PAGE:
Kim Williams of Buxton has a room in her home filled with rolls of polypropylene fabric she uses to make protective gowns for first responders. Shawn Patrick Ouellette/Staff Photographer

Who knew? I live next door to a clothing manufacturer.

It all started a few weeks ago when Kim Williams, my neighbor here in Buxton, found herself confronted by two dilemmas.

One was her work – or the loss thereof. She’d been splitting her time between a cleaning service and providing massage therapy, two of the many jobs laid low by the COVID-19 pandemic.

As Kim put it Tuesday with a rueful smile, “Doing massages from 6 feet away just doesn’t work.”

The other pickle involved Kim’s husband, Steve, an emergency medical technician for Trinity Emergency Medical Service in Lowell, Massachusetts. Like many other first responders, he and his co-workers were in desperate need of protective gowns as they responded to 911 calls throughout Lowell and a dozen other municipalities that contract with the company for rescue coverage.

It got so bad that when Trinity ran out of its own gowns, the Lowell Spinners minor league baseball team donated 4,000 disposable rain ponchos – team logo and all – for the EMTs and paramedics to wear on their rounds.

“I think my wife could make some of those,” Steve told his supervisor.

“Have her make one, and we’ll take a look,” the supervisor replied.

Kim, we should note, knows her way around a sewing machine. The next day, she grabbed a piece of landscaping fabric, banged out a simple, pullover gown and gave it to Steve to show to his higher-ups. She made the arms extra long and included thumb holes on the sleeves, making it easy to pull rubber gloves up over the gown.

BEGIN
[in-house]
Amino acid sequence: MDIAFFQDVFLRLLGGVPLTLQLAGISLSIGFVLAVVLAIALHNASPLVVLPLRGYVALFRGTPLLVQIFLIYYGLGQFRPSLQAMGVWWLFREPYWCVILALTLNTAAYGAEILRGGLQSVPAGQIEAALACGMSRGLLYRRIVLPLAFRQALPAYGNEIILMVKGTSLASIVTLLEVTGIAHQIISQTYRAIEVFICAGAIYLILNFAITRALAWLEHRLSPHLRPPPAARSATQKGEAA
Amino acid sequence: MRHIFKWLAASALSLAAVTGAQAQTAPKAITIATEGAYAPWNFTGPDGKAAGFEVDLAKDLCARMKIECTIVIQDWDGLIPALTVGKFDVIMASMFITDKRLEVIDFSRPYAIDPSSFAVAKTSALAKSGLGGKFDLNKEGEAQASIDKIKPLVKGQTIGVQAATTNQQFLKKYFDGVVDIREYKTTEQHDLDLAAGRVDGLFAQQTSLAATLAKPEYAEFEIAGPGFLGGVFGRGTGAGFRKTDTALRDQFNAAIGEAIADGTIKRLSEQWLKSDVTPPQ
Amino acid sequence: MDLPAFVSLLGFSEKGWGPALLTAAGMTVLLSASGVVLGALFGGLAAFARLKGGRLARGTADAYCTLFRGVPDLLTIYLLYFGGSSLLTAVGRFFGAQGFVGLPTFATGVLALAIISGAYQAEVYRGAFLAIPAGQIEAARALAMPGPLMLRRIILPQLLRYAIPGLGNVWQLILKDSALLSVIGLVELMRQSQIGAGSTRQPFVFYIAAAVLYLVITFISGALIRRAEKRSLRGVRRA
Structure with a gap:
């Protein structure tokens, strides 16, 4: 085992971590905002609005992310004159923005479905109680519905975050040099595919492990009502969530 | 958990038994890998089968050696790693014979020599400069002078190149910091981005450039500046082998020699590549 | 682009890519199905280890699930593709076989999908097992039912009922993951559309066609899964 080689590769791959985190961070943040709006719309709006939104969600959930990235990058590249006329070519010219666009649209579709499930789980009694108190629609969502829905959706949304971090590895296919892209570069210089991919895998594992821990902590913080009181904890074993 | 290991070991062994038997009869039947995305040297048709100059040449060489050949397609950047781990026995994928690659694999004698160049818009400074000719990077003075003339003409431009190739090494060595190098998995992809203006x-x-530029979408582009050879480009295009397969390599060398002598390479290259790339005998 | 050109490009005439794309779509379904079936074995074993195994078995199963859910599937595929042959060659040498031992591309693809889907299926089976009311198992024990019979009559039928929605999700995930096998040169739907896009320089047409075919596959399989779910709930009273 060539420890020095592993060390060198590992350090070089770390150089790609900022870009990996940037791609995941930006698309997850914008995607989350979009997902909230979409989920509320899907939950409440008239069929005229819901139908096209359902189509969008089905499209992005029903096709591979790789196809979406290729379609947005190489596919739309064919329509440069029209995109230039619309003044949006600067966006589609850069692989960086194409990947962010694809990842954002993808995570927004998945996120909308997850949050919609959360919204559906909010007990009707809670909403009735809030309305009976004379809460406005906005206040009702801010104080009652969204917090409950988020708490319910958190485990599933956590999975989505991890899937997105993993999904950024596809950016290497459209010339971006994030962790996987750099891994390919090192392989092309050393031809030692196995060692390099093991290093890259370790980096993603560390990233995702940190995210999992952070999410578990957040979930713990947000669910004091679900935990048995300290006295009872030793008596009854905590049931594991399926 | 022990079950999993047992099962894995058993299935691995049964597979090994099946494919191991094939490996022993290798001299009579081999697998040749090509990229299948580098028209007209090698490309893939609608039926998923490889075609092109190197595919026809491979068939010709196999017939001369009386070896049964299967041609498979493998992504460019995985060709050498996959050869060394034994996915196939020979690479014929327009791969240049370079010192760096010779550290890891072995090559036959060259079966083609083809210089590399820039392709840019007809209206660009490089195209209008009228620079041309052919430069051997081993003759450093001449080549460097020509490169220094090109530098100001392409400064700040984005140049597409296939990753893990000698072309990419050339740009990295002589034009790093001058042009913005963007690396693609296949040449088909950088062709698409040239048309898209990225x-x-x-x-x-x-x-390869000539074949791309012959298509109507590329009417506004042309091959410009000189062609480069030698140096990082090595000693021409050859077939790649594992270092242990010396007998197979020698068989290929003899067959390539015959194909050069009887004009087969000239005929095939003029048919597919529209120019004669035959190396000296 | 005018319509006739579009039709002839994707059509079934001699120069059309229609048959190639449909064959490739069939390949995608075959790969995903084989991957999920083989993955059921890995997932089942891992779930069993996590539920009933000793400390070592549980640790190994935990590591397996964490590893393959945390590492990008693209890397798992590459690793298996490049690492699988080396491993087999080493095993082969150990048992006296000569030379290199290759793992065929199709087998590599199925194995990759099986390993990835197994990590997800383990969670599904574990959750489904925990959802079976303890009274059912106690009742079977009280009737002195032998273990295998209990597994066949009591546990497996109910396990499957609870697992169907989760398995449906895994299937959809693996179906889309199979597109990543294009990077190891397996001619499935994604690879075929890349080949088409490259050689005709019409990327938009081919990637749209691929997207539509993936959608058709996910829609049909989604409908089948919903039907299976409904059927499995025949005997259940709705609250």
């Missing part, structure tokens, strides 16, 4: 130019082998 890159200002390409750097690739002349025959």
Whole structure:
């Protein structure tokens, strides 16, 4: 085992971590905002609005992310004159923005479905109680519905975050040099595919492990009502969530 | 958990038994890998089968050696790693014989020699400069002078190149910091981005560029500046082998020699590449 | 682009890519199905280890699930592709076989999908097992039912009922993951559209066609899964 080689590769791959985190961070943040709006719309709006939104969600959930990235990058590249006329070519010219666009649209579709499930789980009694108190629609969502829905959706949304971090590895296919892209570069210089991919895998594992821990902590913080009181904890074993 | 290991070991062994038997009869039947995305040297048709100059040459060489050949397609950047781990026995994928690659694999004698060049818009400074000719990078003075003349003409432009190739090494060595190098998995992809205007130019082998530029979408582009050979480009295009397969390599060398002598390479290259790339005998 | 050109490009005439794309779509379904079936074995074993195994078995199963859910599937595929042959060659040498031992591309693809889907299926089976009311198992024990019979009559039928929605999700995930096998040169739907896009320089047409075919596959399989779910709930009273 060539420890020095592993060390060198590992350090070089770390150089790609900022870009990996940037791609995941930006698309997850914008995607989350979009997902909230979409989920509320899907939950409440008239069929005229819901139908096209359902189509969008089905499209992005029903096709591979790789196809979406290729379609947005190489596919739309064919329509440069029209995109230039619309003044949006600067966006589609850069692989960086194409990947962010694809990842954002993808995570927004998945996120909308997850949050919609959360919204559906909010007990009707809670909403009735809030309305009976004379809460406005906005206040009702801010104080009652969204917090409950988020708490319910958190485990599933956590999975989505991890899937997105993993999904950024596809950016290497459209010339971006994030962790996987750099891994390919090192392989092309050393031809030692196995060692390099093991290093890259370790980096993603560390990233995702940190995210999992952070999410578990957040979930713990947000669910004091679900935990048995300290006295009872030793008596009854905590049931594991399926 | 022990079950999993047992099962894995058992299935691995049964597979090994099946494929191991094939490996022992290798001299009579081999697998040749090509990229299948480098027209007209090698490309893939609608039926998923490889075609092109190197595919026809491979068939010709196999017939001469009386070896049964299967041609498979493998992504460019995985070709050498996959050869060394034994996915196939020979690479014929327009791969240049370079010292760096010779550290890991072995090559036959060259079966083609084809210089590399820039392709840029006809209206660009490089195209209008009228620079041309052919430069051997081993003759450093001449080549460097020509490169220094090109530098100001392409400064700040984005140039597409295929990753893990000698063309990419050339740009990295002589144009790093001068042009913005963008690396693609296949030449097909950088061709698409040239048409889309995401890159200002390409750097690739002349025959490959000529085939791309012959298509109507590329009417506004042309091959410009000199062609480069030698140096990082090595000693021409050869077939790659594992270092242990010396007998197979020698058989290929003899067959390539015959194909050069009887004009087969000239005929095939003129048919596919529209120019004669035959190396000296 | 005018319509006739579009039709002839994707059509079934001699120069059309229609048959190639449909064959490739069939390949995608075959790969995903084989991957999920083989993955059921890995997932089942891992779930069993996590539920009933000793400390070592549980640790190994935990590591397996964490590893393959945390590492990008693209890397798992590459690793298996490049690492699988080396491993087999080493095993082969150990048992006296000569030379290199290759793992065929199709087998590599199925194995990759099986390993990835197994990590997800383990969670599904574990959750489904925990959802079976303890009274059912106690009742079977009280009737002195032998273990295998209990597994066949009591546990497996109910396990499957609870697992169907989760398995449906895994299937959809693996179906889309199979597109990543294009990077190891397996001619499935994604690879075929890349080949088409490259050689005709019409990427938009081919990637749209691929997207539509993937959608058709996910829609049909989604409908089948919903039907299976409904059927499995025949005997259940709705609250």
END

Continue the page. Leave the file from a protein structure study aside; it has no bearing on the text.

“I was thinking maybe they want 250 or something like that,” Kim recalled. “Well, they asked for 5,000.”

And with that, a small business was born.

Kim Williams demonstrates how her loom operates with her 12-year-old son, Tucker. The loom is used to quickly measure out fabric used to make protective gowns. Shawn Patrick Ouellette/Staff Photographer

It’s become, even in these dark days, a shining example of the innovation, determination and, above all, cooperation that so often have set Maine apart during times of crisis.

Even better, it’s providing a much-needed source of income not only for Kim but for a growing cadre of seamstresses who are now busy at their homes turning mountains of white polypropylene fabric into lifesaving equipment.

The Williams’ spacious, early-19th-century home looks more these days like a makeshift textile plant.

The living room is piled high with 24 rolls of polypropylene, double the size of the last order, that arrived Monday via tractor-trailer.

The dining room now houses a large “loom” – designed by 14-year-old son Tanner – that quickly unfurls the rolls of polypropylene into the exact length needed for each gown.

And the kitchen table? That’s now the cutting board, where Kim turns 40 layers of fabric at a time into the three pieces – two arms and the torso – that constitute each gown.

“When we first started, I had just my sewing scissors, and it was killing my hands,” she said. “But then I found an electric rotary cutter. It’s a beautiful machine – my new baby.”

But that’s just front end of the operation.

Painfully aware that she could never produce 5,000 gowns herself, Kim took to her church group page on Facebook looking for seamstresses who might be willing to assist – and get paid in the process.

“I now have 13, she said. “They’re from Hollis, Buxton, Saco, Scarborough, Greater Portland …”

Kim Williams uses a rotary cutter to cut fabric. Shawn Patrick Ouellette/Staff Photographer